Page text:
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1st (Containing) Defender Assessment Game
This game assesses a player's natural inclination to defend, their current ability to defend, their knowledge about defending and what they need to learn.
Print Assessment Form (link opens in new tab). Enter players name or uniform number in 1st column.
In the 2nd column score each defender's attempt at defending. Enter their score in a small box for each opportunity they have to move to defend against an opponent with the ball as follows:
In the 3rd column score any defenders who must make a recovery run when the attacking player with the ball gets past them as follows:
Two cone goals are placed at each end of a tunnel. Tunnel length is the distance players can firmly pass the ball, but not more than 20 meters (66 feet). Tunnel width is not more than 10 meters (33 feet). To keep players from going against the same opponents every time one line at the end of the tunnel should have one or two more players than the other line.
Players become bored, lose focus and don't learn when they are standing in lines waiting. To keep lines short multiple side by side tunnels should be used.
Attacking players, without soccer balls, are at one end of the tunnel. At the other end of the tunnel are defending players, each with a ball.
The first player in the line of defending players with soccer balls passes the ball to the first player in the line of attacking players at the other end of the tunnel and:
The 1st defender wins if they:
The 1st attacker only wins if they get the ball over the defenders end line.
After each attempt players go to the end of the opposite line.
Observe in Assessments but Teach in Practices
The assessment game is to evaluate how well players defend and is not for teaching players how to defend correctly during the evaluation. Note what 1st defenders need to learn to do to be successful during the evaluation. Then in practices during the season teach players who to defend without making errors.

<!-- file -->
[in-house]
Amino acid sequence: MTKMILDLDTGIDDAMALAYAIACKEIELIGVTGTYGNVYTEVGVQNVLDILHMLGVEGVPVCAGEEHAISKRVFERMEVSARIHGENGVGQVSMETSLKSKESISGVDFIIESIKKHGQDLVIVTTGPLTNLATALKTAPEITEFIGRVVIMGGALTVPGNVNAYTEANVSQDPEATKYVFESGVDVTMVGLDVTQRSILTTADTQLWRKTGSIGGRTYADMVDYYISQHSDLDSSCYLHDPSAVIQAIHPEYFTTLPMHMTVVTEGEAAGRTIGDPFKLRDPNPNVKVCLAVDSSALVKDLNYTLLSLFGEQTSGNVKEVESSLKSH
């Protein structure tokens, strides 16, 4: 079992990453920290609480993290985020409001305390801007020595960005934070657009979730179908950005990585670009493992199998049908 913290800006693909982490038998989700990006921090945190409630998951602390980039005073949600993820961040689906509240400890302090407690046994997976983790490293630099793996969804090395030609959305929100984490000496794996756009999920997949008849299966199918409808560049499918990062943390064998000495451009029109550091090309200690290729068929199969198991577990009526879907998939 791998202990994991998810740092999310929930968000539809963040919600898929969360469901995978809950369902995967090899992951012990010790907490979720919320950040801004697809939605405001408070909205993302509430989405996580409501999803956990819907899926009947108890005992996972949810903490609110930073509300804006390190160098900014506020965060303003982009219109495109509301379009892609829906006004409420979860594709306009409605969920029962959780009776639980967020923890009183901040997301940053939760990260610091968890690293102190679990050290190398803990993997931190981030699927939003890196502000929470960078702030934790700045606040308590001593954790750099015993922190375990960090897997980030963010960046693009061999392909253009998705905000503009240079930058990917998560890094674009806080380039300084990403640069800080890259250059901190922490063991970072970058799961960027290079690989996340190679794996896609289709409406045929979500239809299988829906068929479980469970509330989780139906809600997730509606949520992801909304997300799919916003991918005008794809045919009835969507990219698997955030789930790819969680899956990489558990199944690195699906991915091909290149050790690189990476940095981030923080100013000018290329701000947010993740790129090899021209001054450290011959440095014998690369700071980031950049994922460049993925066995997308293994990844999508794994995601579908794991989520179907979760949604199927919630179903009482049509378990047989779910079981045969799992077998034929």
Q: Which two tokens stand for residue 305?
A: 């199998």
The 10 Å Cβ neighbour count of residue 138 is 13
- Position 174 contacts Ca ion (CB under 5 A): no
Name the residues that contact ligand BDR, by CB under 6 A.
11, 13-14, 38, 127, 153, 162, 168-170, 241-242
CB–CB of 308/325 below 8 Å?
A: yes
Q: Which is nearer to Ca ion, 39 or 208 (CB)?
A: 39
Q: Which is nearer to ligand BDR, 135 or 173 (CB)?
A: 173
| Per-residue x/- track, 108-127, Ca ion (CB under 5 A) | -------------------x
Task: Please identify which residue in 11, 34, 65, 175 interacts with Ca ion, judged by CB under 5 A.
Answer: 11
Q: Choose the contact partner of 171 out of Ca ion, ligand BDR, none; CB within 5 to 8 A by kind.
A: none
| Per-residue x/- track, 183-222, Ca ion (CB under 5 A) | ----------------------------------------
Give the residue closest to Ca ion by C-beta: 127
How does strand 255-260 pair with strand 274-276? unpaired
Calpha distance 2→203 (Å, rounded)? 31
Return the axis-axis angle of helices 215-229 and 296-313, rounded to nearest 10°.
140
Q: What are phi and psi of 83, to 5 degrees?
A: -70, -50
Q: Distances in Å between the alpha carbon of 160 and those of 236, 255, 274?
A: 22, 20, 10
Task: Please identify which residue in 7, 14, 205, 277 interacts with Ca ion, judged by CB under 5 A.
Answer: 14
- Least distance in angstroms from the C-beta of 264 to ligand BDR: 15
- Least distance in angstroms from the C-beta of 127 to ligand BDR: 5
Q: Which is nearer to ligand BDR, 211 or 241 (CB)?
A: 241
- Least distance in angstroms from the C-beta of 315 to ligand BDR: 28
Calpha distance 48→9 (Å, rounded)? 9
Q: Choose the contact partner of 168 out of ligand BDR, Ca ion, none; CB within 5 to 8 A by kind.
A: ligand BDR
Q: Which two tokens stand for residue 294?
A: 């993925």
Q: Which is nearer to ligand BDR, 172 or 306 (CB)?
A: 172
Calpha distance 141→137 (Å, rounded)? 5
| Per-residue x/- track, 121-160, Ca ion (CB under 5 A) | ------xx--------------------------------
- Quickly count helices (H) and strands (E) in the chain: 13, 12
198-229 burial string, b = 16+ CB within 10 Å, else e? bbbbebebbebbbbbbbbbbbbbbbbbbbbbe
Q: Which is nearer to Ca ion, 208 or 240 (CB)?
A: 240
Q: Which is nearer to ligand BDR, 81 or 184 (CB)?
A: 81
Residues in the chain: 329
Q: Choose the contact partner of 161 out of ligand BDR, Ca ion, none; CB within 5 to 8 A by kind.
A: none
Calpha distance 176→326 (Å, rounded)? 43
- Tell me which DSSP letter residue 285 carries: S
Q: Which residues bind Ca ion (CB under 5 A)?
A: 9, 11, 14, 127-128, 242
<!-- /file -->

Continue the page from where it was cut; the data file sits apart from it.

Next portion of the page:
"If we score we might win"
"If they don't score we can't lose"
Christine Rampone, U.S. Women's National Team, 1997-Present
Teaching in Practices - How Assessments Help Players
This "tunnel game" was used by a new coach to identify weaknesses in the defending abilities of the boys on the last place team in the bottom U14 Boys Division of the National Capital Soccer League in Washington, D.C.
In assessments 15 boys attacked 6 times and defended 6 times against their teammates. Out of the 90 attempts the defenders were beaten 89 times for 89 shots on small goals. Over the fall and spring seasons the boys learned the roles of 1st and supporting defenders.
The end of the spring season 13 boys traveled to play in a tournament in New Rochelle, New York. On arrival the team was told they had been moved to the Premier Division of the Tournament because 2 older boys teams from the club had won National titles. All of the teams they were to play in the tournament were either State Cup Champions or Finalist.
The boys advanced to and won their semi-final game on Sunday and lost to the New York State Cup Champion 1-nil in double overtime on Monday.
Player Risk Taking Assessment
Supporting Teammate With the Ball
1st Defender Assessment
2nd Defender Assessment